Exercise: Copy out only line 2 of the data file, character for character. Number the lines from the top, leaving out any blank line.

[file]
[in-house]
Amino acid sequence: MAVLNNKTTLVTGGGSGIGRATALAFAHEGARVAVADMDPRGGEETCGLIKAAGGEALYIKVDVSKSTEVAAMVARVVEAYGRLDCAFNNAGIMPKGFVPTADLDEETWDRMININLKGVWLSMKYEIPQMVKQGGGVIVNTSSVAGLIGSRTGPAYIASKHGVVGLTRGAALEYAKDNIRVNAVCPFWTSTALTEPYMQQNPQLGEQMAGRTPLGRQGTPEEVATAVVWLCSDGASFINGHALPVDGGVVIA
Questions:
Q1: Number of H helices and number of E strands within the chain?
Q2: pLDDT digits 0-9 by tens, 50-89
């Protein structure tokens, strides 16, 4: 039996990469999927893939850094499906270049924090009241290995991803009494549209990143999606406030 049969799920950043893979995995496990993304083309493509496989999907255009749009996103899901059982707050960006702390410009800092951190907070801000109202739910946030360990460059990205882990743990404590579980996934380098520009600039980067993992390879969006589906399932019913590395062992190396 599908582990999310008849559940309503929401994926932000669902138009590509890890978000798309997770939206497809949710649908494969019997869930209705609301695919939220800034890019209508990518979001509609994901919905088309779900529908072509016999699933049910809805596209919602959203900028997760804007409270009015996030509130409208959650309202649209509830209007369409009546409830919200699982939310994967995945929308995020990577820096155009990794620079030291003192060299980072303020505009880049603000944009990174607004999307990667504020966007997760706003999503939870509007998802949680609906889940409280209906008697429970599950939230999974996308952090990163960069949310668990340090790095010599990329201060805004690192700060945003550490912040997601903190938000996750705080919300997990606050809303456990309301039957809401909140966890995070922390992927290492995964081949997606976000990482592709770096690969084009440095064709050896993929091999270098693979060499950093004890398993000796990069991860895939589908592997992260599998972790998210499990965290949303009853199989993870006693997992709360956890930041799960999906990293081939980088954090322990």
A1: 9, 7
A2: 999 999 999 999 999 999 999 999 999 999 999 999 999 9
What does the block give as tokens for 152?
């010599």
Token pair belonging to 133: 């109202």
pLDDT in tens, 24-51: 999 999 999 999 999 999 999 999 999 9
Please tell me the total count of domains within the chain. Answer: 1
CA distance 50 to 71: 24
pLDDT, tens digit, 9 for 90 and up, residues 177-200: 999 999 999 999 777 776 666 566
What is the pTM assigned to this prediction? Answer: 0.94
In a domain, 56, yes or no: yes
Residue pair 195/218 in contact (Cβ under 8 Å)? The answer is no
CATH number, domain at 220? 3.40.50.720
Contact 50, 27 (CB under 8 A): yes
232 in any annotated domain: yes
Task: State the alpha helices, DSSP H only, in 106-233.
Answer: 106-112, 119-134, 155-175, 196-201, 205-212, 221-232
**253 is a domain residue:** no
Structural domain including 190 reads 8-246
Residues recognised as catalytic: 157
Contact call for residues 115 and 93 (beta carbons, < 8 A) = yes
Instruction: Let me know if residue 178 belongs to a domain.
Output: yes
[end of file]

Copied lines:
Amino acid sequence: MAVLNNKTTLVTGGGSGIGRATALAFAHEGARVAVADMDPRGGEETCGLIKAAGGEALYIKVDVSKSTEVAAMVARVVEAYGRLDCAFNNAGIMPKGFVPTADLDEETWDRMININLKGVWLSMKYEIPQMVKQGGGVIVNTSSVAGLIGSRTGPAYIASKHGVVGLTRGAALEYAKDNIRVNAVCPFWTSTALTEPYMQQNPQLGEQMAGRTPLGRQGTPEEVATAVVWLCSDGASFINGHALPVDGGVVIA